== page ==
“Flight of Pollen is not just about having fun, meeting challenges or even learning concepts, though it’s all that too. Playing the game is actually to engage in the vital process on which forest survival – and food crop production – ultimately depends.” Cushla McGaughey
Jil does a new video and shows off the new box for the Flight of Pollen Environmental board game. We see the lovely new box and hear from a number of early game testers about what they think of the game.
The Video features: JiL Hemming (Game designer)
Steph (Teacher), Mathew, Rayan, Helena & Krystal (South Auckland)
Malachi & Neo (Kapiti Coast)
Rakaia, Aston, Lochie, Finn & Ya’akov (New Plymouth)
I’ve just finished reading a couple of compelling science books.
A WORLD WITHOUT Bees (The mysterious decline of the honeybee & what it means to us), tells how our species is beginning to walk dangerously out of step with the rest of nature.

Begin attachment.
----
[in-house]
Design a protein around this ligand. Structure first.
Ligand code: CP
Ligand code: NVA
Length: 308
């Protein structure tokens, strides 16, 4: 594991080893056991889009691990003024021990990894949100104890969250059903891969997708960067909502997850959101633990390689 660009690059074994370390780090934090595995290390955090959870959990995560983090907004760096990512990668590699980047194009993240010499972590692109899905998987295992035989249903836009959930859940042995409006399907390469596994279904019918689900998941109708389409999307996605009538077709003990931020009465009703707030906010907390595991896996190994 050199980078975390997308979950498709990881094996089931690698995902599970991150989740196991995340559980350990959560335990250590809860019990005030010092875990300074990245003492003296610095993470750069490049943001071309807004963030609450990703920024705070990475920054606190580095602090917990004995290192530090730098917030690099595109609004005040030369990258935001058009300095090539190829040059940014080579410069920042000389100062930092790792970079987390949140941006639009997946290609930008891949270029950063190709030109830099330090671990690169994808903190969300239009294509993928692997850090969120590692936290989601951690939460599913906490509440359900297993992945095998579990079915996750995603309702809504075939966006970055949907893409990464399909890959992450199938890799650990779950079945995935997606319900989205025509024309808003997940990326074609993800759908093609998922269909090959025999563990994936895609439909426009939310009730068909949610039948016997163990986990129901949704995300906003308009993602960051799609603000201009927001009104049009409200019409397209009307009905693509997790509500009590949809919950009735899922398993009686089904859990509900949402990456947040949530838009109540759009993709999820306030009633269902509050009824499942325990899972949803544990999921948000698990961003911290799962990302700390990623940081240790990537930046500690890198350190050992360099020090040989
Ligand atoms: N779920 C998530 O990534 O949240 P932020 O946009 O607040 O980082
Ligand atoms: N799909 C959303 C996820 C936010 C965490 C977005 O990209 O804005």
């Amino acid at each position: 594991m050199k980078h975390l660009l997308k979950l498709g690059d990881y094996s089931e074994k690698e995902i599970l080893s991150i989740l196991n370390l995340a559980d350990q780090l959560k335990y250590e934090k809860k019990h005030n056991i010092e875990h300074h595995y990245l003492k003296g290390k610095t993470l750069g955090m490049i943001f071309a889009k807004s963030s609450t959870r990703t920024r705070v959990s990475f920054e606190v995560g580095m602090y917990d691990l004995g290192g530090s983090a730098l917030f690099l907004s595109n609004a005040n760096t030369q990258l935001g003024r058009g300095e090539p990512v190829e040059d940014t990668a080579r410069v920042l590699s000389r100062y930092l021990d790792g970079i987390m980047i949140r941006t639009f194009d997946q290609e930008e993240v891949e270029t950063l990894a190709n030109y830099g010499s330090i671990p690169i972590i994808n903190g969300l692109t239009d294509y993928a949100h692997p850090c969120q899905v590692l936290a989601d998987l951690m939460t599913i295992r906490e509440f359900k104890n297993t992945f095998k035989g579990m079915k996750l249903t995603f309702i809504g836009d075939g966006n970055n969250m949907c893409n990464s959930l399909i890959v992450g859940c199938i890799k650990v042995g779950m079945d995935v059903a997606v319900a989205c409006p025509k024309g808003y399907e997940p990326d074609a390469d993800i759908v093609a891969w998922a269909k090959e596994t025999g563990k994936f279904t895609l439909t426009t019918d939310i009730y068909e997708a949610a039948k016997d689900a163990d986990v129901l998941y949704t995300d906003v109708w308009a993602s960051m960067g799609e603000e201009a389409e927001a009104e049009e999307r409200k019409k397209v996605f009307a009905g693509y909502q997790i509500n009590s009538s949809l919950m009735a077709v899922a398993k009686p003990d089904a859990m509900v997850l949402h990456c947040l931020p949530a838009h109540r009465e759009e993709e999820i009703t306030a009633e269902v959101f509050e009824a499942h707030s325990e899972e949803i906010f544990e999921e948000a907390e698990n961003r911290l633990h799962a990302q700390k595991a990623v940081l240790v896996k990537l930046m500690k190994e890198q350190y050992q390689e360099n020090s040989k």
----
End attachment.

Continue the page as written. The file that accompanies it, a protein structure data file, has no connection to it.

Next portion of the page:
It’s a common theme.
Reading Callum Robert’s Ocean of Life HOW OUR SEAS ARE CHANGING, I was as absorbed as when I first read Rachel Carson’s Silent Spring.
I don’t know how Callum makes this urgent need for the wholesale reversal of present trends of wildlife decline and environmental degradation, a testament to the human spirit – but he does!
David Suzuki calls it ‘an eloquent and authoritative call for change with a blueprint to guide us in salvaging the great oceans.’ Which it most definitely is.
I got it out from the Kapiti Coast library (aren’t libraries wonderful!)
Judges for the 2013 Royal Society Winton Prize for Science Books (it was short-listed) said: “Roberts sets modern conservation in context. For instance he has taken fisheries science and channelled it into the mainstream debate. This book is thrilling: a delightful mix of anecdote, research and polemic.”